But data is data, and having data gives one power. As for whether such concentration of power in a government or a company is a good thing, I think there is no simple answer.

With the ever-increasing sharing of our lives with others through social media, and corporations prying more and more information from us, do you see a day where privacy is a thing of the past?

I view privacy as one aspect of the general problem of information control: who, what, how much? (Censorship, free speech, copyright, etc., are all aspects of the same problem.)

There’s some information about each of us we consider “private” and believe that only the individual should control such information—though what is considered “private” differs from person to person, society to society.

Technology’s role in this, as usual, is to act as a force multiplier. Information that used to be hard to get is now easy to get. Information that used to be scattered in many places can now be aggregated in one place. When information can move faster and more cheaply, it becomes harder and harder to maintain control over it.

At the same time, technology also makes it easy to encrypt secrets, or to hide them in the open by making it easy to lie and spread false information to make searching for the secrets harder.

So, I don’t know if privacy will disappear. Perhaps it’s more likely that our expectation of privacy will change to suit this new environment.

Your story is a cautionary tale, but like Sai, most people are so firmly entrenched in technology that they have a hard time pulling away. Do you see any reversal of this dependence, or is this just a runaway train now?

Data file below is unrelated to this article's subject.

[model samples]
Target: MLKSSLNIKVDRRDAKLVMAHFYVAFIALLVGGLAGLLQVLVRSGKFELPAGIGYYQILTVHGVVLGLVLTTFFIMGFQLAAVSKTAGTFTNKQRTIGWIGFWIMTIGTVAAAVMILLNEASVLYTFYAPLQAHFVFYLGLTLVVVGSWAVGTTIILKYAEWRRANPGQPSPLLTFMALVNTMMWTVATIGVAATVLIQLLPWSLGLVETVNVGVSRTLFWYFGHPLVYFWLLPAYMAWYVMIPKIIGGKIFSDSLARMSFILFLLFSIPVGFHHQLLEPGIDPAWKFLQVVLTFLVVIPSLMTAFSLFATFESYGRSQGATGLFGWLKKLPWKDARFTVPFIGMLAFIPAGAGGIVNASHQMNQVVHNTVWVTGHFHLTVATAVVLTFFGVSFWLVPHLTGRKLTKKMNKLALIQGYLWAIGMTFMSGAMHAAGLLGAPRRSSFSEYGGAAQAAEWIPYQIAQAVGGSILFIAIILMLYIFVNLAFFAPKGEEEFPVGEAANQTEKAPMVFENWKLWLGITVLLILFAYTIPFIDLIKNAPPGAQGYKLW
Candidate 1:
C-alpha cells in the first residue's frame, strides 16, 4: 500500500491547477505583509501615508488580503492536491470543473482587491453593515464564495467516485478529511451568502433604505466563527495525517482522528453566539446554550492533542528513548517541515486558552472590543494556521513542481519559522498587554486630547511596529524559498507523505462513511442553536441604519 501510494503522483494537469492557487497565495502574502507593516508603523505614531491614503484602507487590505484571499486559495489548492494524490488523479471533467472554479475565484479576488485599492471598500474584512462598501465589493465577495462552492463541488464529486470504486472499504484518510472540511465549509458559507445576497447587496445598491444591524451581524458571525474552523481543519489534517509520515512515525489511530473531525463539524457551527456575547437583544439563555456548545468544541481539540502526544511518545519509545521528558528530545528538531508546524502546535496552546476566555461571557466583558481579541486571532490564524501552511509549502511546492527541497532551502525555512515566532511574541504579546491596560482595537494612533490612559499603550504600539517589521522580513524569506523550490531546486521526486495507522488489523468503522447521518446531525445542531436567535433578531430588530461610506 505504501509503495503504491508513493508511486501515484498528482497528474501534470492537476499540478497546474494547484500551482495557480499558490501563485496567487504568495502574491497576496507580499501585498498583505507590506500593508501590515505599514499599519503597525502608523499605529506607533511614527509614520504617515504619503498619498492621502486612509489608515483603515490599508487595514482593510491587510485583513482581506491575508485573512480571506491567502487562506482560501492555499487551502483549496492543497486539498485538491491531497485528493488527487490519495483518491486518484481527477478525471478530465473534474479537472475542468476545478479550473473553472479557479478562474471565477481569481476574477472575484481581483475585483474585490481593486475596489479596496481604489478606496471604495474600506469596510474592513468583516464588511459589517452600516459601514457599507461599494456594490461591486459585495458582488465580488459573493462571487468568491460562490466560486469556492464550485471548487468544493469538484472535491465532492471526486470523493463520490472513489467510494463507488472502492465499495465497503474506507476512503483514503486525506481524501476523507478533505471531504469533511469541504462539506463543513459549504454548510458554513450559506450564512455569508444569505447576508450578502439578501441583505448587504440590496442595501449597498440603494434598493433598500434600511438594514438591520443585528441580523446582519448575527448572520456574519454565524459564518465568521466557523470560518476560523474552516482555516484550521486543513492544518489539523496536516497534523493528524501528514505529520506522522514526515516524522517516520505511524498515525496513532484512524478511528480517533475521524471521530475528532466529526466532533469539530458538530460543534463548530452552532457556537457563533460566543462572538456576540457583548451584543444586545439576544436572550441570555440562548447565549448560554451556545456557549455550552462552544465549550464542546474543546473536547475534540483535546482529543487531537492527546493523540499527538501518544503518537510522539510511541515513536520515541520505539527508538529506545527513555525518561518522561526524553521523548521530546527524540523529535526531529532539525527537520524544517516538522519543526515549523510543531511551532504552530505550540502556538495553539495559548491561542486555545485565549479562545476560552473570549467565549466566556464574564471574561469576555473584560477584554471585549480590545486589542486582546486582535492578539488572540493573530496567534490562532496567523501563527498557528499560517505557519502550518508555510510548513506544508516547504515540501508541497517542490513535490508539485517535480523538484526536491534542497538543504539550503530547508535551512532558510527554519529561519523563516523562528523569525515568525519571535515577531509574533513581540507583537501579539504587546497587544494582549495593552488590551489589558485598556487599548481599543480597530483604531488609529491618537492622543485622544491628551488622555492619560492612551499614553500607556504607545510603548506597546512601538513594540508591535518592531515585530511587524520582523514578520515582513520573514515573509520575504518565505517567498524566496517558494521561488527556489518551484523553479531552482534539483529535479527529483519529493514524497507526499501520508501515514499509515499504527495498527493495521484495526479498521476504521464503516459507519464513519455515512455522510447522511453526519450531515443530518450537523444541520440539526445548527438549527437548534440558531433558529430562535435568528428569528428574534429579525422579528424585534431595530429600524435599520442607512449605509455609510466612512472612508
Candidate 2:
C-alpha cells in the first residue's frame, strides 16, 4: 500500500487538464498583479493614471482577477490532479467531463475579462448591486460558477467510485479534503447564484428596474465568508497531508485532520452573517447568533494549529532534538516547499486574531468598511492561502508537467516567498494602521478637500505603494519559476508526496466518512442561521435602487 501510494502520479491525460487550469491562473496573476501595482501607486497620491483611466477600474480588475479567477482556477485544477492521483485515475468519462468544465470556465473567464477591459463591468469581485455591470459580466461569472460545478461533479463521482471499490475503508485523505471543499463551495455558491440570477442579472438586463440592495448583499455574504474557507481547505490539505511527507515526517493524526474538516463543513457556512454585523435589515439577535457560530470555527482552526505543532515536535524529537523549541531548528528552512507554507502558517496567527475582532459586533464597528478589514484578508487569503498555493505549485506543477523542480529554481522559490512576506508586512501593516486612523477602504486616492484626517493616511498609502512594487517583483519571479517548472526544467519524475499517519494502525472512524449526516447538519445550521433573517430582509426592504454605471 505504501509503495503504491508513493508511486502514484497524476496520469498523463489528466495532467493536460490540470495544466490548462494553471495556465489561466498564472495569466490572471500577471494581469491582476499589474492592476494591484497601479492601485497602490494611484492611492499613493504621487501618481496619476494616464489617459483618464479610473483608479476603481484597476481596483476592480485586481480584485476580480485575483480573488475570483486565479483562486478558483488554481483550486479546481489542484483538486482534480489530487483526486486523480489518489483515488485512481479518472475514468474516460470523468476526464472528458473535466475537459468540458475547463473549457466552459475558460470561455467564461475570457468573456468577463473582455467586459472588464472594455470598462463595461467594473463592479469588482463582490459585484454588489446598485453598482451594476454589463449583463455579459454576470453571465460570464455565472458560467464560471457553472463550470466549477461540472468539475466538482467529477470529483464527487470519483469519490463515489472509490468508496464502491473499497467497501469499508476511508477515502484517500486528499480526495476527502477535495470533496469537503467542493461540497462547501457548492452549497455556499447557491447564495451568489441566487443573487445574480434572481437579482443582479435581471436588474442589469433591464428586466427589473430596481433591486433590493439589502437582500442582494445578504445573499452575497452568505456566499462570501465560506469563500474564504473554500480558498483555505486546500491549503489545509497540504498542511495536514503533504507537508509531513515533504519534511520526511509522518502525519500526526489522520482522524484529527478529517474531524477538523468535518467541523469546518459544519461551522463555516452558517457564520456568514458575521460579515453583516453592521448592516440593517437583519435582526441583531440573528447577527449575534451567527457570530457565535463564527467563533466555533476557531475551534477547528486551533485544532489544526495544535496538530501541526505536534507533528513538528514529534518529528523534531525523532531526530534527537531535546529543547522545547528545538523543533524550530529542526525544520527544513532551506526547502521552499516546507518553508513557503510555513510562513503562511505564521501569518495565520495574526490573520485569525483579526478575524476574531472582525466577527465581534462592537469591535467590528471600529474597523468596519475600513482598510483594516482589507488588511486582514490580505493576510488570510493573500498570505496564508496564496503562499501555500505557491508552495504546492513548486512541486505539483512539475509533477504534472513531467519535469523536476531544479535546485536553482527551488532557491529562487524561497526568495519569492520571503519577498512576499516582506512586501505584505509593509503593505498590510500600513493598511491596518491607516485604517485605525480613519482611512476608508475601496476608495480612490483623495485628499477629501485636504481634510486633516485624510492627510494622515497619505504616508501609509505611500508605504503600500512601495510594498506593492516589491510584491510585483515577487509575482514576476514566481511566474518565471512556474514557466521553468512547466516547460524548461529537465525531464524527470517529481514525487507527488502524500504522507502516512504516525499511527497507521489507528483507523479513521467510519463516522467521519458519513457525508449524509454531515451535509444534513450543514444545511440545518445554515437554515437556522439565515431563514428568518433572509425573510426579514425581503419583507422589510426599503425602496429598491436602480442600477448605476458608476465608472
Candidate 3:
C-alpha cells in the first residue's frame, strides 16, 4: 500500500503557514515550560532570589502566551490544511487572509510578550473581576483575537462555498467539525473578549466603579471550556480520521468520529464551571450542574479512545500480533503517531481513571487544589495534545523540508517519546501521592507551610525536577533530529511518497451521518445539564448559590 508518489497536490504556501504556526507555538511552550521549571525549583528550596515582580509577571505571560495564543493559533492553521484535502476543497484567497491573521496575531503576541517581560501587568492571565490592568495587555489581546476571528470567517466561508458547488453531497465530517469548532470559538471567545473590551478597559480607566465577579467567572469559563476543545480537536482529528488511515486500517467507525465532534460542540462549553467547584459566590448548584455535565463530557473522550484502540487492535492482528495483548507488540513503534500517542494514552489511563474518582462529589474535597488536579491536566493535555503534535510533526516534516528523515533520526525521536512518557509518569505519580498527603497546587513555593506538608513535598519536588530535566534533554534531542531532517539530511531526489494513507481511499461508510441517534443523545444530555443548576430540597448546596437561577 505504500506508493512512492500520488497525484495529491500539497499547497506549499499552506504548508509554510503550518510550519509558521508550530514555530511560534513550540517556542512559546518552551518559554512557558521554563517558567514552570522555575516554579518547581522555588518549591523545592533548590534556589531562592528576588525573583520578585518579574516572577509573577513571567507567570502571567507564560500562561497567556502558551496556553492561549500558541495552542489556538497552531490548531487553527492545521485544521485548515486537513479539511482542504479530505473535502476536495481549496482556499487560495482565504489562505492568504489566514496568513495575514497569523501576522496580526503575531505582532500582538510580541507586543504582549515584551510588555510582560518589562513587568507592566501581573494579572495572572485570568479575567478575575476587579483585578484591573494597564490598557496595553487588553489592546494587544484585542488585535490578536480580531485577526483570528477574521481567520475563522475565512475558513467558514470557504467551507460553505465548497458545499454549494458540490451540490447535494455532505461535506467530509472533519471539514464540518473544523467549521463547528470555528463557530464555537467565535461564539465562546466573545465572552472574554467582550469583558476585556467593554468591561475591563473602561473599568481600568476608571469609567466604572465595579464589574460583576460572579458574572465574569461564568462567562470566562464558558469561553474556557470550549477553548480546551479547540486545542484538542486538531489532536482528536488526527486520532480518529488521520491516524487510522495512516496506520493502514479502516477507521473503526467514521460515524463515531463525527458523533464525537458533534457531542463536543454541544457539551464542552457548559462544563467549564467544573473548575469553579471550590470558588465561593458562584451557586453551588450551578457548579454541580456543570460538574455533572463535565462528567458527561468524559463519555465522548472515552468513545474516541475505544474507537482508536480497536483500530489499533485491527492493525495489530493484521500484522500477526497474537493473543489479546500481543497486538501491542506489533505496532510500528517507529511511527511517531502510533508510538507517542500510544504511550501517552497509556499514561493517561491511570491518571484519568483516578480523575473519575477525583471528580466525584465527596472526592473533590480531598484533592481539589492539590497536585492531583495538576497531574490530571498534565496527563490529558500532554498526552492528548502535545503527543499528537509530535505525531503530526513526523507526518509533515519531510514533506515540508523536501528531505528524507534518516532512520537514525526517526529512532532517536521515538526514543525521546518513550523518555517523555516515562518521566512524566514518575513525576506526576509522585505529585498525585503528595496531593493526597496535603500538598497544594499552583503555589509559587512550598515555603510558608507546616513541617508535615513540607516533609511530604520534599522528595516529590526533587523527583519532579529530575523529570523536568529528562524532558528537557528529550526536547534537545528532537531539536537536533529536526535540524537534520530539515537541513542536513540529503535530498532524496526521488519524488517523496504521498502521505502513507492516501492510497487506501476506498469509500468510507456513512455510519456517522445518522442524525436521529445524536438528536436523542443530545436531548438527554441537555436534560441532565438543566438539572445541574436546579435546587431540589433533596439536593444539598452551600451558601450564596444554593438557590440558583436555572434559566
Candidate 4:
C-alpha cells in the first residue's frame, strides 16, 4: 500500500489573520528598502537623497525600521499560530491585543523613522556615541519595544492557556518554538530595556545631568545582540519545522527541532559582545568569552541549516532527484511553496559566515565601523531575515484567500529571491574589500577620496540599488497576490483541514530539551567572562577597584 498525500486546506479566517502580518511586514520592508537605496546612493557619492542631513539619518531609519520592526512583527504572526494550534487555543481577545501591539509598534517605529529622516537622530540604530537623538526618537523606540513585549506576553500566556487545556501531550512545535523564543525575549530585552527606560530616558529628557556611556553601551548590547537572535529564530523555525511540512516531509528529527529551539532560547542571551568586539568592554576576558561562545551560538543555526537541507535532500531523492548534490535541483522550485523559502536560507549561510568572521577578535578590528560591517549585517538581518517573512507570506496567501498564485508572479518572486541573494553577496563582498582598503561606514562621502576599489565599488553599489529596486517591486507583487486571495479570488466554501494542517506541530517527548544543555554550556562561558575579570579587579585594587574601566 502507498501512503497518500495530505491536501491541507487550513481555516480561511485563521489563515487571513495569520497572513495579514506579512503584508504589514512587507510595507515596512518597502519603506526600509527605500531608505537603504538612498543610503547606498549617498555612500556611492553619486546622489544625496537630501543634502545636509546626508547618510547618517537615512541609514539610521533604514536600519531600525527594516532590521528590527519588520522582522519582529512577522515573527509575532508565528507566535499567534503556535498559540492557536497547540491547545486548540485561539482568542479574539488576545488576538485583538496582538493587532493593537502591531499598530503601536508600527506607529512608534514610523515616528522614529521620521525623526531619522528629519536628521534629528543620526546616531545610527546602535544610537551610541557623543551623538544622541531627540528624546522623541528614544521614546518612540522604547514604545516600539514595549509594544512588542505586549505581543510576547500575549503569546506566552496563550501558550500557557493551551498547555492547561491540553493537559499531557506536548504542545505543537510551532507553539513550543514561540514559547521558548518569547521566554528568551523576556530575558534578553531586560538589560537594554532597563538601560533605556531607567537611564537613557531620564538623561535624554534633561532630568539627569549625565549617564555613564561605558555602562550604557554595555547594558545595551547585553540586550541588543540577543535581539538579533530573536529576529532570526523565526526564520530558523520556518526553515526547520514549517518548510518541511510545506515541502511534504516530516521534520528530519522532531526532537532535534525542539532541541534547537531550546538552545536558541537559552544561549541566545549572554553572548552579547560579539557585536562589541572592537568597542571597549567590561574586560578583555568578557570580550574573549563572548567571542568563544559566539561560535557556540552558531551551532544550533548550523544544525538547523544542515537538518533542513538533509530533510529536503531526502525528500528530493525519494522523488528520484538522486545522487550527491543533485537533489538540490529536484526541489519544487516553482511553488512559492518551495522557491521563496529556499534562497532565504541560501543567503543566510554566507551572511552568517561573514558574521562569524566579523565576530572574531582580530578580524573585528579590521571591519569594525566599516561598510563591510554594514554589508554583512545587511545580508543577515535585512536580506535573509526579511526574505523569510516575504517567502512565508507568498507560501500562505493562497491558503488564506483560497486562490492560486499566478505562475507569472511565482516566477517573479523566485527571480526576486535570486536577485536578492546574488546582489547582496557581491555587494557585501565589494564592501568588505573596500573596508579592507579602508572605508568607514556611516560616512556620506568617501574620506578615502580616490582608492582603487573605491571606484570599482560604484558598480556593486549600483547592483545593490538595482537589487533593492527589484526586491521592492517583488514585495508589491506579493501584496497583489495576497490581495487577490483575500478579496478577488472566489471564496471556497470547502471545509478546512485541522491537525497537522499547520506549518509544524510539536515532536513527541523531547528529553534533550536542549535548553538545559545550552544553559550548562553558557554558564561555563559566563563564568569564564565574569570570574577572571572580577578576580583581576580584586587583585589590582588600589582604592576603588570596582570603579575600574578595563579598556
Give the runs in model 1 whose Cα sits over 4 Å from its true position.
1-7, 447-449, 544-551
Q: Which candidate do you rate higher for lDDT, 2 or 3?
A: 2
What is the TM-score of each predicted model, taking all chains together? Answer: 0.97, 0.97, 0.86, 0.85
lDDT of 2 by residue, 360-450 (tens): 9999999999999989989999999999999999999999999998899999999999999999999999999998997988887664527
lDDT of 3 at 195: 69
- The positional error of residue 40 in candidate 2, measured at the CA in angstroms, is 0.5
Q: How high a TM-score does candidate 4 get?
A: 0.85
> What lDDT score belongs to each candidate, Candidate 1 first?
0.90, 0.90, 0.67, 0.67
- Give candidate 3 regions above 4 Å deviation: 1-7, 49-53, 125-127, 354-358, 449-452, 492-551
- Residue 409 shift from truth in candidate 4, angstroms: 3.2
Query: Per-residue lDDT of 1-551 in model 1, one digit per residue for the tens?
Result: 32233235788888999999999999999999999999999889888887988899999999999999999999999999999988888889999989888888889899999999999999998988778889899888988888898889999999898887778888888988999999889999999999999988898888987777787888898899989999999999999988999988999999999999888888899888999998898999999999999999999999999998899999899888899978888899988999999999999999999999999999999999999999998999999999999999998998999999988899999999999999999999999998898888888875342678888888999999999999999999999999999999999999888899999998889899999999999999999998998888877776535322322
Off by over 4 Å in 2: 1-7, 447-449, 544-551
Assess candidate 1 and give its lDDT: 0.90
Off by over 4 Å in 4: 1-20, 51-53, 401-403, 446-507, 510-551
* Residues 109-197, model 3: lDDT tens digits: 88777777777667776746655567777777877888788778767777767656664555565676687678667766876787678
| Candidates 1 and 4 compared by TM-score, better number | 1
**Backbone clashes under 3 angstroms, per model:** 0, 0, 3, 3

As I indicated above, I think our growing dependence on technology is part of an ancient trend that has been going on for many, many generations. That we have not reversed this trend so far seems to me to suggest that it cannot be reversed, but I also know that the past is no map to the future.

Being dependent on technology may be either a good thing or a bad thing. I expect that many of us would find Tilly a valuable part of our lives. But Tilly is going to be created by people. And people, when given a chance, always want to shape the world to be more like their vision, and we do not all agree on a vision of the world that we all want.

Finally, do you have any new projects you’d like to announce?

I’m working on a few short stories that I’m really excited about, and there’s also the epic fantasy novel that my wife and I have been working on for a while now. I’m hoping that we’ll finally be done soon. The end is in sight.

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Caleb Jordan Schulz

Caleb Jordan SchulzCaleb Jordan Schulz is a writer, illustrator, and nomad, currently finding himself in Buenos Aires, Argentina. His fiction can be found in Subversion, Scape, Crossed Genres Year Two anthology, Ray Gun Revival, and Innsmouth Free Press. In between his work for Lightspeed Magazine, he’s a freelance editor, and blogs occasionally at: